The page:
Financial aid refunds

Some colleges are now issuing students a Visa or MasterCard that contains the refund amount from the student’s financial aid funds. All of this occurs with very little financial education for the students on how to budget that money to last over the course of a semester.

credit card Credit card research shows that student purchases made with plastic tend to be for higher amounts than purchases made with cash. For instance, when McDonald’s placed credit card machines on their counters, the average check amount per person went from just over $4 to well over $7. Cash is out-of-sight and, unfortunately, out-of-mind!

Social media as a recruitment tool

Facebook and Twitter are the new campus recruiting stations for credit card companies. One of the quickest and cheapest ways for a bank to market to college students is through social media. Last year, Chase set up a Facebook group that gave students reward points for joining the group, according to daveramsey.com.

Proof of income

The CARD Act says students under age 21 must have a co-signer or show proof of income. The problem is—“proof” of income is loosely defined. A study by University of Houston Law Center Professor Jim Hawkins, found that 29 percent of students were able to list student loan debt as income. The card companies argue that the refund check students get is actually income for the semester and that is proof enough for them.

Secured cards

If parents are concerned about getting a credit rating score started for a young adult – which is almost a necessity in today’s world for renting an apartment, obtaining utility services, and getting better rates on car insurance – then a secured credit card can be the best way to go.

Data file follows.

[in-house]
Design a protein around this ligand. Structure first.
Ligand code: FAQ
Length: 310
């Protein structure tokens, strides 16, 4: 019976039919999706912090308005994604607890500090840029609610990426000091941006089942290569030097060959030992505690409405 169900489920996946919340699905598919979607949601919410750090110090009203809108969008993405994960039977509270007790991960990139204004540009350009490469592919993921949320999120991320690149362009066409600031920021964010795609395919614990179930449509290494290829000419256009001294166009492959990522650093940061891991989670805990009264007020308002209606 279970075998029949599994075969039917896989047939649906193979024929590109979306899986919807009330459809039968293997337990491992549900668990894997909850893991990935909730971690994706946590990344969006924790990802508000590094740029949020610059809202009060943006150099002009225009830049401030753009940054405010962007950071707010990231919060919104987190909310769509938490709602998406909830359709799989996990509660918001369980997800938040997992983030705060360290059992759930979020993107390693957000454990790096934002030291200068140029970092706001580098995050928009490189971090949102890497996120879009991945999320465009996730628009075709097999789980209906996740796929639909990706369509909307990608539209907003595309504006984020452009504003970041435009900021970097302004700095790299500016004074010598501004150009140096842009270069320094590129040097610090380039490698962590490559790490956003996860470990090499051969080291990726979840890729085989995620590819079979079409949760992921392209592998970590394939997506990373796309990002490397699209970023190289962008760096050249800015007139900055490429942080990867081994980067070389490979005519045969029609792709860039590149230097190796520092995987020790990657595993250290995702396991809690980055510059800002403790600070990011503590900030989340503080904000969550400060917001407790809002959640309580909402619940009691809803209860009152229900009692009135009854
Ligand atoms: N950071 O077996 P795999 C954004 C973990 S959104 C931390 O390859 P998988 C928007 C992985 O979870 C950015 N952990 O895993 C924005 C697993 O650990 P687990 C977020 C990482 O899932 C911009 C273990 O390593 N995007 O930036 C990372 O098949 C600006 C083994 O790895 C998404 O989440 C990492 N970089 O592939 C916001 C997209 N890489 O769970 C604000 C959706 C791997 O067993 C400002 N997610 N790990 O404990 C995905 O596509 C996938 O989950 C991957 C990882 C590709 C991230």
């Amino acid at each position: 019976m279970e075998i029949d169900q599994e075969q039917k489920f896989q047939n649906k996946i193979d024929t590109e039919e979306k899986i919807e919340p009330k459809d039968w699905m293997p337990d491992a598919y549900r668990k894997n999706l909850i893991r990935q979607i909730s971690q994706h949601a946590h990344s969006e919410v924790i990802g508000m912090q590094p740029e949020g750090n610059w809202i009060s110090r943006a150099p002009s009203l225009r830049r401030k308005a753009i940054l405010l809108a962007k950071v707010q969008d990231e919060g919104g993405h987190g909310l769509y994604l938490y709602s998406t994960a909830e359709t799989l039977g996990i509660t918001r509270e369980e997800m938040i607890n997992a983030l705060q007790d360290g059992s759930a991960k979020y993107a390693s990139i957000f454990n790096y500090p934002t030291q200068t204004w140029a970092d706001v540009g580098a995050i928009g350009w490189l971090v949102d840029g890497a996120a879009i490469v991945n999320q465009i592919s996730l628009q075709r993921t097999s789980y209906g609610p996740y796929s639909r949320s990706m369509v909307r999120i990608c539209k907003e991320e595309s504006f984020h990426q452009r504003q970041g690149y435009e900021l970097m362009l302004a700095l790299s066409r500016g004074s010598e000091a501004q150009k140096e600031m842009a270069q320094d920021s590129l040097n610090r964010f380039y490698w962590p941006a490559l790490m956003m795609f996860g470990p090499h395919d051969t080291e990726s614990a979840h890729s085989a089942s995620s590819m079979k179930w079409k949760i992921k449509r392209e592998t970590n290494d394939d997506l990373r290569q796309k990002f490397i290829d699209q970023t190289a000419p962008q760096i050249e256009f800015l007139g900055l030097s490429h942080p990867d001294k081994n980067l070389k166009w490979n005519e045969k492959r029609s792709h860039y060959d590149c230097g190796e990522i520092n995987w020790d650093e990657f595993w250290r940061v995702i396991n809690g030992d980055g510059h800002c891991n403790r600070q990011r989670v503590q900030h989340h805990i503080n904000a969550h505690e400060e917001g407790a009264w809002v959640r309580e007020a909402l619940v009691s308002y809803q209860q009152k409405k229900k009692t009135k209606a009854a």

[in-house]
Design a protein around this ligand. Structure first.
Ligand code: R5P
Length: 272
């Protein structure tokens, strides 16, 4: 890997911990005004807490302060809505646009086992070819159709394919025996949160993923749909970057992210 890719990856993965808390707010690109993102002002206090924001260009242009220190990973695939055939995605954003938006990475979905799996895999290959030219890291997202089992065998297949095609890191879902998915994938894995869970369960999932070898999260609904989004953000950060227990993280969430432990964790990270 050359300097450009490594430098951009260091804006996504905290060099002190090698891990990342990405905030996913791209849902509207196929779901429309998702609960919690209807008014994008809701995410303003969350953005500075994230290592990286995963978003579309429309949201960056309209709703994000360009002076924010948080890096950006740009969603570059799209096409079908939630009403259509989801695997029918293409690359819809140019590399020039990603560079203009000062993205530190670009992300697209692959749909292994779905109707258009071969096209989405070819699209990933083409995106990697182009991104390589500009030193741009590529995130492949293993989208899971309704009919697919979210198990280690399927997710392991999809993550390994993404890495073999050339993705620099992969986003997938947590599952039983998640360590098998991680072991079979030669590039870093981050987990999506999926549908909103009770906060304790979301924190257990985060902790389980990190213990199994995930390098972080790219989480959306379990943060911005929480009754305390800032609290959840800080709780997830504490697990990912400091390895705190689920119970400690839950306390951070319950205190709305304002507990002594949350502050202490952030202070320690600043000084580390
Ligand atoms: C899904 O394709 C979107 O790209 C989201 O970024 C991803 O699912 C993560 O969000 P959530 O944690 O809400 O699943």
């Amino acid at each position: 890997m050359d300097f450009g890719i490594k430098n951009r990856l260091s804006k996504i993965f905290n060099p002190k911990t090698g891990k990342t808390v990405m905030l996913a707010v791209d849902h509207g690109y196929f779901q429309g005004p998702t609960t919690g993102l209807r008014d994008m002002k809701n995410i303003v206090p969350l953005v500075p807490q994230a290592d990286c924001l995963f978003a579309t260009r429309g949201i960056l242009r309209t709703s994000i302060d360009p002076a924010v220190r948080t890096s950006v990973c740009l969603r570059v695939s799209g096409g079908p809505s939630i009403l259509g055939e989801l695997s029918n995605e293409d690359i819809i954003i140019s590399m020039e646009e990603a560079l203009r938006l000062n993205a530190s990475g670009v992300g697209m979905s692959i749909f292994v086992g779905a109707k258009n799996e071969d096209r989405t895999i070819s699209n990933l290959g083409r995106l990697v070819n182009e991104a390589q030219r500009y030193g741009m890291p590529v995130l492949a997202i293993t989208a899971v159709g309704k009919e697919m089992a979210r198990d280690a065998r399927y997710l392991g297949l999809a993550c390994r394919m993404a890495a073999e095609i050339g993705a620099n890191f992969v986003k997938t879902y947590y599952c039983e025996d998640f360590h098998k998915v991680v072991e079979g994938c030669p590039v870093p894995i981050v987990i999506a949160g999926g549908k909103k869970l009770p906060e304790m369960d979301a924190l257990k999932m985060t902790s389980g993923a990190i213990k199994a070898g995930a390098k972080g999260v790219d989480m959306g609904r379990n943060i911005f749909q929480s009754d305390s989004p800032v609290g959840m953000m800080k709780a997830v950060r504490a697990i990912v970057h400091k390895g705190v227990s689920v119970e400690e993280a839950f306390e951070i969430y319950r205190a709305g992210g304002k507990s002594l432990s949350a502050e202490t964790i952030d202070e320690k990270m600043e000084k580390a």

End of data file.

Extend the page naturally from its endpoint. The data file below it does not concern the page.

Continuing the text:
Parents can deposit a set amount into the secured account and the card user is then limited to that amount of purchases. By making on-time monthly payments, a student’s credit rating is then established. However, these cards still do charge high interest on balances carried forward each month. So, for most purchases, cash is till king!

A student’s financial future

As students begin newly independent lives as young adults, it is vitally important to become educated in personal financial management and make responsible financial decisions – the type of education that is not always taught in schools and at home. A young adult must keep in mind that purchases on high-interest credit cards will cost them $100s more over the long run.

Decisions made today will affect a person’s life well into the future. The instant gratification achieved by the use of a credit card today will not be worth the cost of a bankruptcy in the future. Savings and cash purchases should be the rule! The key to not being taken advantage of is to maintain control by properly educating oneself about the ways our finances get manipulated by others. Taking back control of our finances will reap great financial rewards and increased happiness in the future.

Related Links

Find additional resources for financial best practices by visiting the following:

College Board